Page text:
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The ‘How To’ of Technical Writing

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When you think about technical writing, you probably think about the dry writing that fills software manuals or other user handbooks.  Boring and dull – but is this the only way to approach technical writing?  Not at all. 

What you might not realize is that technical writing happens whenever someone instructs someone else.  This might be something as basic as a recipe or something more complicated, like how to handle hazardous materials.

Clear Instructions

In order to get from an idea to a final result, you need to follow certain steps.  When these steps aren’t followed, that’s when trouble emerges.  There’s a big difference between using eggs in a recipe and using peanut butter, after all.  In creating a technical writing document, the emphasis should be ensuring the proper outcome.  For technical writing teams and individuals, it can help to begin with the intention of the document.

  • If the document is to instruct, does it instruct?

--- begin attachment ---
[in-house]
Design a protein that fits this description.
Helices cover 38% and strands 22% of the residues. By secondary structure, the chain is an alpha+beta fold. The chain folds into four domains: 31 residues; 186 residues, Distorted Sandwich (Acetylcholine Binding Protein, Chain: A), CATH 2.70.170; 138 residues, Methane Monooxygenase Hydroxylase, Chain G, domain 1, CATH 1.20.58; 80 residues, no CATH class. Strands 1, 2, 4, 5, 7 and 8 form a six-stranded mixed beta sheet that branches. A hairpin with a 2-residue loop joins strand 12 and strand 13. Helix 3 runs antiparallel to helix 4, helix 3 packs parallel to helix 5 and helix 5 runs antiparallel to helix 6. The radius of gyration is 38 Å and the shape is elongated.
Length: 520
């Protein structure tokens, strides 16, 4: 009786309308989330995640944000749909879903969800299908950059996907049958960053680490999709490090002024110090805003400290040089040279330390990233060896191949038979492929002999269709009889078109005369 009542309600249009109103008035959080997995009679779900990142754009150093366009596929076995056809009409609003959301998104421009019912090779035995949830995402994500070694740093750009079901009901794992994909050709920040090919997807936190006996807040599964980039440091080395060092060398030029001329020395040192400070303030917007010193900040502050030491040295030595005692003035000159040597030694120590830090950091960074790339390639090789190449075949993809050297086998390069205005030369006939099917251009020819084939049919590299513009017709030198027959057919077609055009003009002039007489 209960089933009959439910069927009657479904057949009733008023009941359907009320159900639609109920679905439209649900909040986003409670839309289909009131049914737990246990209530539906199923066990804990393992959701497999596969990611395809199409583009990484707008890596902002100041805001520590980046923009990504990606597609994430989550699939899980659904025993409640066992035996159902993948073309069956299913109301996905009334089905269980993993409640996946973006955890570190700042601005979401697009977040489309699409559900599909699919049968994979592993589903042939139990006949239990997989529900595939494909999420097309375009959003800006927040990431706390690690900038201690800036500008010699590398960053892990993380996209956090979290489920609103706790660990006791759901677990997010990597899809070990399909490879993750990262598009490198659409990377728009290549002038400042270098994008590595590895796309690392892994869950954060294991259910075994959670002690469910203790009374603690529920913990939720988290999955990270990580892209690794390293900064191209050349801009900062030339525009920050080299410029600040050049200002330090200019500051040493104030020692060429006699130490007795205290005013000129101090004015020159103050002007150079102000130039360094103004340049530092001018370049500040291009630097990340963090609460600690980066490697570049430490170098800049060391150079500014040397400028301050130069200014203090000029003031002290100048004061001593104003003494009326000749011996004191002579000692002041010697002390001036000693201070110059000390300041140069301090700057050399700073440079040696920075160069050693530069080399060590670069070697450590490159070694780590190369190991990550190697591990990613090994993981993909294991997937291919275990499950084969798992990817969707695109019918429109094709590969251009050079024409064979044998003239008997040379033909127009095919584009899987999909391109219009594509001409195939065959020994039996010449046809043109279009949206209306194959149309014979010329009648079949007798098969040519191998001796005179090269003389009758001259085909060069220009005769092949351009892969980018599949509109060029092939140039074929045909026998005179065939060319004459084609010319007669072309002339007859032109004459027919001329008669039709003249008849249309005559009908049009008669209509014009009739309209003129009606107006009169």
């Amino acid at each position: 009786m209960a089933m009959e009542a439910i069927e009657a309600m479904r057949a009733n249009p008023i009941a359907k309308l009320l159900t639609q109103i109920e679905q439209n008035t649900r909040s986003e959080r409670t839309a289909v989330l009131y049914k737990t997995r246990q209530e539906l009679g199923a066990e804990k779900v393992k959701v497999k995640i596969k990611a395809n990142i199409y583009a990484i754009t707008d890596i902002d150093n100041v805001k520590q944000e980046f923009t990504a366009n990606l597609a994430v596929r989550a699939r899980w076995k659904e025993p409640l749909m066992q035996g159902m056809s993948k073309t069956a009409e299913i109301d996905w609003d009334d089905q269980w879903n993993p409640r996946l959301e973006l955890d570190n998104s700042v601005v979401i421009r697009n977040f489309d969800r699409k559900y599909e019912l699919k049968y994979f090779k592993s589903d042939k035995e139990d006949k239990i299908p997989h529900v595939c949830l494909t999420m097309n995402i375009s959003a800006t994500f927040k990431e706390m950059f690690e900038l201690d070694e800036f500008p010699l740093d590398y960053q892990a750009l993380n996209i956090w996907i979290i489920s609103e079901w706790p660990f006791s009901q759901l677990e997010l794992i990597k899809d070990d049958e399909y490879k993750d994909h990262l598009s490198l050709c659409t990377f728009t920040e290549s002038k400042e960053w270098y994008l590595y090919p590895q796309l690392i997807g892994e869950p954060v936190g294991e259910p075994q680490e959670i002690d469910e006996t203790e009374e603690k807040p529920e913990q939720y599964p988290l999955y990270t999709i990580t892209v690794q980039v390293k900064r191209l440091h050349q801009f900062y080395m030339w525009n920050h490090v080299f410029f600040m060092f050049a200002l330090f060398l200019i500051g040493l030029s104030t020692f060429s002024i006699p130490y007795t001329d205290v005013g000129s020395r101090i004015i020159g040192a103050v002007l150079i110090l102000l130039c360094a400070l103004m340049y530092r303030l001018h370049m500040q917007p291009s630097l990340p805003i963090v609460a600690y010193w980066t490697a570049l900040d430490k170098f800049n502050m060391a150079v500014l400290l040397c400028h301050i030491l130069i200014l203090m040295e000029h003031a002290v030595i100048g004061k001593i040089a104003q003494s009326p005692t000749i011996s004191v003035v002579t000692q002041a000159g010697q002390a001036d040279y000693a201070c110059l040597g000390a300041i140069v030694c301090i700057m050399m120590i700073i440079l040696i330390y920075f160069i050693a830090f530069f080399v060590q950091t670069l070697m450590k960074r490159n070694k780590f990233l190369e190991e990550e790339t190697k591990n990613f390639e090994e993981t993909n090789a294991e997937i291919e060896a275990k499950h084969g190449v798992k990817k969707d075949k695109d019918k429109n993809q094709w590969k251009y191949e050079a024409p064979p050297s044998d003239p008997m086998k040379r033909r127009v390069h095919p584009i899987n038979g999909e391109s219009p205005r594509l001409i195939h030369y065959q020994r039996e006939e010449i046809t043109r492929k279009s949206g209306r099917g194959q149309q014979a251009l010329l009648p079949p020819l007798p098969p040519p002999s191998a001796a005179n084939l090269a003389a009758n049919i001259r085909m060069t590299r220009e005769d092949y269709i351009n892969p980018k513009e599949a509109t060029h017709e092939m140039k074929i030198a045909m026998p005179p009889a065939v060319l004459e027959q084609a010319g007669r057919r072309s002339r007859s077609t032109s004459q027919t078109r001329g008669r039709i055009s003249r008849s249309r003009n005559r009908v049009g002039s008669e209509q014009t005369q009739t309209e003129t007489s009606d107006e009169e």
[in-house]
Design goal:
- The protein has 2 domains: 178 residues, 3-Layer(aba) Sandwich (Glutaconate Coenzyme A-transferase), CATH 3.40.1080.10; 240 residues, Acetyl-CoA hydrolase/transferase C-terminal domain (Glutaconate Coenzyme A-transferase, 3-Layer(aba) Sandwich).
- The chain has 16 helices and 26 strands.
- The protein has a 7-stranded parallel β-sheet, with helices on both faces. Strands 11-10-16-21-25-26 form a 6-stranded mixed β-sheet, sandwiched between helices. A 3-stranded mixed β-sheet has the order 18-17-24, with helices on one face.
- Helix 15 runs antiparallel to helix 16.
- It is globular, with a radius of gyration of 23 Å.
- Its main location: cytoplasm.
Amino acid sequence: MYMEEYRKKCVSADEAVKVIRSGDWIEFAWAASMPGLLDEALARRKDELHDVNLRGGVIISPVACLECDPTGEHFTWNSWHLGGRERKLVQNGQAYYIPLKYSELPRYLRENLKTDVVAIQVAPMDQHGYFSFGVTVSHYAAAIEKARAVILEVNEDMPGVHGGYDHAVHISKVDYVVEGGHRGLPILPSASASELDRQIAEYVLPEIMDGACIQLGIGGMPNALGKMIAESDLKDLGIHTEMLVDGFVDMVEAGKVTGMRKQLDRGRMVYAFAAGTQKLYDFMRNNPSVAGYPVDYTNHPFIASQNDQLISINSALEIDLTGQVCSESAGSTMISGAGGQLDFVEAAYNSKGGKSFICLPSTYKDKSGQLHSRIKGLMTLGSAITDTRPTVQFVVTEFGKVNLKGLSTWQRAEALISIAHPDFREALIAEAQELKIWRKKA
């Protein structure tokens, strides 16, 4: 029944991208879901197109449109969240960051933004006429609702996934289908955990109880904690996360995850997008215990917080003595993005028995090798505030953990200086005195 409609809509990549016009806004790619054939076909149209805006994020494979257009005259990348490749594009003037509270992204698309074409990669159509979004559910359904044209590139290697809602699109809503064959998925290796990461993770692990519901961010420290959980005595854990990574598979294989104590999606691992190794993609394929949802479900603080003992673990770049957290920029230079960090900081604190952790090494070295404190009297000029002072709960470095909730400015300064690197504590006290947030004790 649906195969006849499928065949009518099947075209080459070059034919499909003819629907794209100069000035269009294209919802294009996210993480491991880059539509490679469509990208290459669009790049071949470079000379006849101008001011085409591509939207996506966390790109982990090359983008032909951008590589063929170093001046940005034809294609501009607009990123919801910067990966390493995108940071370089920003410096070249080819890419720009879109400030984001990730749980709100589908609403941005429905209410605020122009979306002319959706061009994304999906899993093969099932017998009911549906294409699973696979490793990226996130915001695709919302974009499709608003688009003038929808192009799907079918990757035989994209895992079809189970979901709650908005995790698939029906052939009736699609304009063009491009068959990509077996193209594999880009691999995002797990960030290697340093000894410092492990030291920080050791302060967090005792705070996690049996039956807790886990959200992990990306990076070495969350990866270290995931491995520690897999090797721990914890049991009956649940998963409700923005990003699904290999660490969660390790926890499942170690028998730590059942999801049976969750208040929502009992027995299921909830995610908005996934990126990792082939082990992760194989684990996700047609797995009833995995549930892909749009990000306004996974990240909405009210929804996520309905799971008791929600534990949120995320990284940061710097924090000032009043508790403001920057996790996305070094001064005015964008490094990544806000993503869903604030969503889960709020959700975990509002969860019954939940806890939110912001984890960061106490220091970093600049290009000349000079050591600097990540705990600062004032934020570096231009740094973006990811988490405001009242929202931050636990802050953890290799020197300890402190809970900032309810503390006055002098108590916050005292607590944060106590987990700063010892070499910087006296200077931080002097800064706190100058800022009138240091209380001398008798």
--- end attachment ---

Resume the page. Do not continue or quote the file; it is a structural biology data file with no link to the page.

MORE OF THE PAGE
• If the document is to inform?  Does it do the job?

Teaching How, Teaching

While many people might think that technical writing is a much more serious practice, this doesn’t have to be the case.  By breaking down the steps needed to complete anything, you’re allowing your audience the chance to learn something they might not have known earlier.  You start with certain pieces, you bring them together, in a certain order or pattern, then you have the final result.  If something doesn’t go right, you can return to the document to see what steps were missed or misread.

You need to teach ‘how’ sometimes – in fact, companies with resources around the world need to teach ‘how’ more often than they might have before.  When a piece of paper needs to take the place of a training class, it only makes sense to break down the larger idea into manageable bites.

At its core, technical writing is focusing on teaching how to do something.  Does your document do its job?

Related topics:

Structure and Technical Writing
Structure and Technical Writing Followup: Strategies to Consider

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